I can lean hard on the goodness of God, but it is important – essential – that I continually check my own heart.

11-12) But let all who take refuge in you be glad; let them ever sing for joy. Spread your protection over them, that those who love your name may rejoice in you. Surely, LORD, you bless the righteous; you surround them with your favor as with a shield.

Here’s another “but” so we know what the previous verses dealt with those malicious, lying people, calling their throats “open graves”, and entreating God to banish them for their rebellion against Him.

In these verses I see three snapshots of progressive intimacy with God:

First, He is our refuge. This is like a city set apart from the dangerous territory that surrounds it. Inside its walls I can let my guard down. Not only that, I can sing for joy. Trouble and those previously mentioned evil people still exist, but here I am completely safe.

Second, He is our protection. The city has a King. The city is safe because of the authority and provision of the King. Because I love Him, I can rejoice. This is what our times of corporate worship are designed for – to clap and dance and sing, giving honor to the One we love.

Third, we are blessed. This is where things get really good. We are inside the walls of a city, protected by the King, and we have the honor of a personal relationship with Him. We are surrounded with His favor as a shield. Read that again: we are surrounded with His favor as a shield. Eventually we will have to face whatever lies outside the walls of the city. We can’t carry its walls with us everywhere we go, but the Lord of Hosts goes with us. We can stand secure behind His shield. The flaming arrows may come our way but His shield is impenetrable, and it surrounds us on all sides – protecting from the threats we expect and the ones that totally catch us off guard. We are safe. We are blessed.

If I could add one element of caution here, it would be not to assume that we in all ways and in every circumstance understand the mind of God. He is mighty and holy and wise far beyond our ability to understand – or to manipulate. We do not get to tell Him what to do and how things should go. Reading a psalm, even one as encouraging as this, does not mean that we can claim it as our own at all times and in all situations. God has purposes and methods that we will never fully comprehend. Difficulties will come into all of our lives. Being a Christ follower in no way suggests that we will never have troubles and that life will be all rainbows and unicorns.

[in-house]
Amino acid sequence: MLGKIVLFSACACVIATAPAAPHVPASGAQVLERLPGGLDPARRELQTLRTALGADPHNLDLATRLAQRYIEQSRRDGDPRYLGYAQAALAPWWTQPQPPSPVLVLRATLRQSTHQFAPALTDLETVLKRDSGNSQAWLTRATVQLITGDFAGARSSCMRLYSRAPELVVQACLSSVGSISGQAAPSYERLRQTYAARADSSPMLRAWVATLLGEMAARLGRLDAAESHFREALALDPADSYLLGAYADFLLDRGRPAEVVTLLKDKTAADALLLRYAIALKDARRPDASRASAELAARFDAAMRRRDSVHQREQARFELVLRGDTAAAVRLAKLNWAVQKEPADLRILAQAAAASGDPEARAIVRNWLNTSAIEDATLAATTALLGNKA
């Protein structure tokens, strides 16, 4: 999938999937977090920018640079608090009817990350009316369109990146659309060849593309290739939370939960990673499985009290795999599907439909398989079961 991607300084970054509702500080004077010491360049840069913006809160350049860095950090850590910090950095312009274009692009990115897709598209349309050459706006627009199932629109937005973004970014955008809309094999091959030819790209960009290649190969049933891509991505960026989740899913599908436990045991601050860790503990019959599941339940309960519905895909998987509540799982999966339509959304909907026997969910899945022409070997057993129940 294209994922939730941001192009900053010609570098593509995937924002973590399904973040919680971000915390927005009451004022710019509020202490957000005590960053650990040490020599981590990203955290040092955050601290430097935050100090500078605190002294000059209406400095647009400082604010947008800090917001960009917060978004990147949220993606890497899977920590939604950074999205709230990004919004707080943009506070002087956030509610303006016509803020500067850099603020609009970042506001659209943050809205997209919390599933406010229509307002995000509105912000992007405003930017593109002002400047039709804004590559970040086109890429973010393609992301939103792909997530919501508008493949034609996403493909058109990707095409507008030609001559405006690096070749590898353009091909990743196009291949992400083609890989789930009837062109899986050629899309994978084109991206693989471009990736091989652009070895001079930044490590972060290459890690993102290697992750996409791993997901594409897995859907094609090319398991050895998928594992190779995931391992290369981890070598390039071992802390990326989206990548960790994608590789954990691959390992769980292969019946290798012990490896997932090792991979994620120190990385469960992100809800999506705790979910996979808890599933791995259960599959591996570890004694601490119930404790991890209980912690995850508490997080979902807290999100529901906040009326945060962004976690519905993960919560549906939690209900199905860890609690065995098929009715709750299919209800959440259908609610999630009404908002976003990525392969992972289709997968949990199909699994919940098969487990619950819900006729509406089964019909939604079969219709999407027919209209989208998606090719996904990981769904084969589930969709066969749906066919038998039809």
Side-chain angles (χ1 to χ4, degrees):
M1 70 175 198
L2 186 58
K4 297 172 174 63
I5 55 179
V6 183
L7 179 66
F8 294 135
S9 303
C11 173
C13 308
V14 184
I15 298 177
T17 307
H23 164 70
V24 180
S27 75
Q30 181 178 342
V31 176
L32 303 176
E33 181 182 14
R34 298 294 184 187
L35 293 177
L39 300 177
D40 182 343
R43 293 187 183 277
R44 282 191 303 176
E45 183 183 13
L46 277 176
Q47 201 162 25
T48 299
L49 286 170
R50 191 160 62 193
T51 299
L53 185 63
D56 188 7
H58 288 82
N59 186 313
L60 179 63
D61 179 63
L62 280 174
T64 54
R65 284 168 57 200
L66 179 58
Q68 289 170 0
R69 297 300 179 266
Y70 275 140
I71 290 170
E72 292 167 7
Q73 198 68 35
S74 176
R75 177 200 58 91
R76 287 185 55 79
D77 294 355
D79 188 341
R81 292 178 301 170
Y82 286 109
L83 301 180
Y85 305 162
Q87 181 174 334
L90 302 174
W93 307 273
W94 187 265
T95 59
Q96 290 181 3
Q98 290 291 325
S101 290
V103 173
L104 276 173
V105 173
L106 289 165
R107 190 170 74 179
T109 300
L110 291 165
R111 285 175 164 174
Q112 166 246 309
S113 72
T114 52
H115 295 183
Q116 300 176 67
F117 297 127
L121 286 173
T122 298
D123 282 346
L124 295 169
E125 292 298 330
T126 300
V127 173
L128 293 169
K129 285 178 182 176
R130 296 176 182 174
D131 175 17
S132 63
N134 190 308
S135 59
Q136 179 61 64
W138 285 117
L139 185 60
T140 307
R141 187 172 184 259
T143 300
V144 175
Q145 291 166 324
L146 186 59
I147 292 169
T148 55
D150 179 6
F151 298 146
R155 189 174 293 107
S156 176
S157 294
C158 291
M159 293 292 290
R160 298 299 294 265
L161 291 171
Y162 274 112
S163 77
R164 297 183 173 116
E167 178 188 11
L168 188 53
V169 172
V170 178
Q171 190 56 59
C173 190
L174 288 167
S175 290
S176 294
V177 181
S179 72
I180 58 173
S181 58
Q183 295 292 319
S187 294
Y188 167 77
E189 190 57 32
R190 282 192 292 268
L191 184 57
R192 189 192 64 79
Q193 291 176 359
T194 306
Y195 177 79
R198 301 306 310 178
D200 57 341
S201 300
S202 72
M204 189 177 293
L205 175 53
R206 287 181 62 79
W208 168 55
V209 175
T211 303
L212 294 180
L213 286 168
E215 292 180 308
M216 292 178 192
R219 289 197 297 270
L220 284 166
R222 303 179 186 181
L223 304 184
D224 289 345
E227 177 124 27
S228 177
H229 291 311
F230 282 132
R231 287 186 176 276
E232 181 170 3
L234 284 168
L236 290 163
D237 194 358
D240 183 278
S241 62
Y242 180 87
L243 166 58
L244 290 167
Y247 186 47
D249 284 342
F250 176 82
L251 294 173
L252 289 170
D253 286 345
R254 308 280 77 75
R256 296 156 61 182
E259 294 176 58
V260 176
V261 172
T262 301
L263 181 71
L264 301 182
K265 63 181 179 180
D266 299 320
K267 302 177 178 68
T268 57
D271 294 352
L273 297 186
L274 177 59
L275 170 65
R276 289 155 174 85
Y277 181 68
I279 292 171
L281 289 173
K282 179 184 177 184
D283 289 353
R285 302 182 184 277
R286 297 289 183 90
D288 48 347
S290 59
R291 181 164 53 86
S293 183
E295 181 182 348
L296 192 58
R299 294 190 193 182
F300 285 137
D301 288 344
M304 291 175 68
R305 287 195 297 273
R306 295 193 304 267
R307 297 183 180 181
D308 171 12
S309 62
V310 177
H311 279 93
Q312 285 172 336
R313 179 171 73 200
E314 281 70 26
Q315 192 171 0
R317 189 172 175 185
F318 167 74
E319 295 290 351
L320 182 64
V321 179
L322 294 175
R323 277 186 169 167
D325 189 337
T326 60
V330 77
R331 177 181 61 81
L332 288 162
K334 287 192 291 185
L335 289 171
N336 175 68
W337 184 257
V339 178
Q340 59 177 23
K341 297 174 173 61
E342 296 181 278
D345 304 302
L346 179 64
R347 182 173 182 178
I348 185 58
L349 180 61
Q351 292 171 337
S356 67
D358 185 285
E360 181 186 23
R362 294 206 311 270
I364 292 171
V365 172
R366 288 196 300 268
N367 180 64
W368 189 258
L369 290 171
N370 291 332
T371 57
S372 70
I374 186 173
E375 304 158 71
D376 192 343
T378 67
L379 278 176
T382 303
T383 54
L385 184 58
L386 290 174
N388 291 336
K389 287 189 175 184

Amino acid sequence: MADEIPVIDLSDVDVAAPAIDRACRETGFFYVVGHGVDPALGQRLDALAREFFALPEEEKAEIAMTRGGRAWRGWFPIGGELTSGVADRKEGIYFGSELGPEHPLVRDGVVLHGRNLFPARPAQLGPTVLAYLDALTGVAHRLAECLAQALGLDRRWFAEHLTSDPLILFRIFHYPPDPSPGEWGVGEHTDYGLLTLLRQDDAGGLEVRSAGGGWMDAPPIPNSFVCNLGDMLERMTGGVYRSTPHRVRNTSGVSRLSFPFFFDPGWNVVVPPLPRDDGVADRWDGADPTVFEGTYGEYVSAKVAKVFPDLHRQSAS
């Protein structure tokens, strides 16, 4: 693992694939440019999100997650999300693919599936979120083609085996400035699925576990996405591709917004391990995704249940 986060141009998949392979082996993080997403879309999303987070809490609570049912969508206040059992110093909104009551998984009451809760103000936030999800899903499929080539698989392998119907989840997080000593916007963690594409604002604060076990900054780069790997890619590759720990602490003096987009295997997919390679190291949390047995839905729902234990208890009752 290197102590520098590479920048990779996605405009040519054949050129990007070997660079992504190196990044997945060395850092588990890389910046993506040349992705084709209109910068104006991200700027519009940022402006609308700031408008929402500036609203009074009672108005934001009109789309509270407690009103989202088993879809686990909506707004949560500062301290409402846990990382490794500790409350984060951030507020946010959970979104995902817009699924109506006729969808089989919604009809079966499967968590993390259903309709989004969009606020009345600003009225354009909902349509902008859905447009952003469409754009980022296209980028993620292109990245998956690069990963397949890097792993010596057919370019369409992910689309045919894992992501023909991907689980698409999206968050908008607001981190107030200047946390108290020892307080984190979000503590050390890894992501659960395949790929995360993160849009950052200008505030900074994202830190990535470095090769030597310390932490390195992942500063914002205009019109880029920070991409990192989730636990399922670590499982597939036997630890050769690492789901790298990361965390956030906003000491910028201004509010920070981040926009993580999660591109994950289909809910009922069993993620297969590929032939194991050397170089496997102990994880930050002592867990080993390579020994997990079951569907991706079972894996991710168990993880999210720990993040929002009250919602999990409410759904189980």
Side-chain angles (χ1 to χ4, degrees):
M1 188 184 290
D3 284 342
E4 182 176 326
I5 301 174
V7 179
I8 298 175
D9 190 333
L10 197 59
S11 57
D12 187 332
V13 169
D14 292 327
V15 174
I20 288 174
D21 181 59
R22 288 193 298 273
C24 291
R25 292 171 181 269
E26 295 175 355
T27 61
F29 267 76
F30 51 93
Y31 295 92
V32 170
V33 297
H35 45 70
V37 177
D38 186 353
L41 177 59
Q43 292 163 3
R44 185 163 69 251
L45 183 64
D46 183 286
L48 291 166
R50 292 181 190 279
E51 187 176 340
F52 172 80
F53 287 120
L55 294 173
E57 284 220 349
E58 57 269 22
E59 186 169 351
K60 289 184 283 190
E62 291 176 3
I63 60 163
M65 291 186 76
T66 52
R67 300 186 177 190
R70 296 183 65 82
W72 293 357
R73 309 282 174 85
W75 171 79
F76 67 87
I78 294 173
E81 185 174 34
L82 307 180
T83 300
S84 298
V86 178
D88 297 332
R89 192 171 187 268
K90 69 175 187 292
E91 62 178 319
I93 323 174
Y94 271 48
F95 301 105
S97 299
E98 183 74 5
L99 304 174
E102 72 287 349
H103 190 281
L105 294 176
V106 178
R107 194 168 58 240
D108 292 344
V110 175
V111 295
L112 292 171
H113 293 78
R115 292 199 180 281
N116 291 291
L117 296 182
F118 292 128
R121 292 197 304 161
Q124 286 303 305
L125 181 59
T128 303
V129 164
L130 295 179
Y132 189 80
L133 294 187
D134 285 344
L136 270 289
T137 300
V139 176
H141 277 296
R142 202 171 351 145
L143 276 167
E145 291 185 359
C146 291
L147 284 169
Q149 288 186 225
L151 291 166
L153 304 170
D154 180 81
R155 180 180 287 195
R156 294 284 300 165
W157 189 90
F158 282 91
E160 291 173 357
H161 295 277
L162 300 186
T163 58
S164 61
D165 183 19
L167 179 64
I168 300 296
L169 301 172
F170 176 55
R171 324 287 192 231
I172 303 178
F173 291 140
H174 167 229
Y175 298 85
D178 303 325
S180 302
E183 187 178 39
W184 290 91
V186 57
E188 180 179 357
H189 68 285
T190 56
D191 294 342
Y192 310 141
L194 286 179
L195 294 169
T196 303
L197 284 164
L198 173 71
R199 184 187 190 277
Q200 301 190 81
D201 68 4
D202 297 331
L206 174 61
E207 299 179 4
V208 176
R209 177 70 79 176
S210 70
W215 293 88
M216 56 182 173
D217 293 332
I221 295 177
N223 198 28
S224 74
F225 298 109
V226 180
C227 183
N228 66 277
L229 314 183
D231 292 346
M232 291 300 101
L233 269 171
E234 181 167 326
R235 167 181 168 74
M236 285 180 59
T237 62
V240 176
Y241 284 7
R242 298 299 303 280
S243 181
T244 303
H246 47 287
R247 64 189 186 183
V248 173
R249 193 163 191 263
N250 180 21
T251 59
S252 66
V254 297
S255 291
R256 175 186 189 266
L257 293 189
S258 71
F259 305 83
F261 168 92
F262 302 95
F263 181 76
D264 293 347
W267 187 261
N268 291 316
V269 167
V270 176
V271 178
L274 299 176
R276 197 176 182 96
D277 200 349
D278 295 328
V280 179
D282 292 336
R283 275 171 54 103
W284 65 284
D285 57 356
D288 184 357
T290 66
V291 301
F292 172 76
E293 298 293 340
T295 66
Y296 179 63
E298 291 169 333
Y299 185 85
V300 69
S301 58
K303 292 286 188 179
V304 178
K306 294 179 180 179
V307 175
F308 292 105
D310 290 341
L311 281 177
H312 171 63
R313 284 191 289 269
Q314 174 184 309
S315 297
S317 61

What we do have in the middle of life’s struggles is Hope. Remember that important meeting my family had to attend? Nothing – and I do mean NOTHING – went like we expected. In fact, we ended up rearranging our schedules and driving several hours for a meeting that never took place. Talk about frustrating! But there is always more to the story. While we waited, we were able to have a conversation with one person, who then connected us to a second person. Had the meeting proceeded as planned, we would not have had that conversation and we never would have met the second person, who is an absolute game-changer in our particular situation. One of the things I’m learning about God is that He is always at work in our lives, in the things we see and the things we don’t. He has orchestrated events that are pretty much the opposite of what I expect to happen, yet in the end I see that this is actually the most perfect way for things to go.

As Christ followers, we are continually surrounded by the shield of His favor. The thing is, we can’t stand ten feet away and expect a shield to protect us. In order to be protected by someone’s shield, we have to get close. Really close. That, I believe, reflects what God wants most from us – our devoted trust and dependence, our willing response to His deep, deep love. The arrows will come our way, but they are no match for our King.

~~~~~

Photo credit: thehopeanchor.co.uk (Bodium castle)

4 thoughts on “Our Place of Refuge: Psalm 5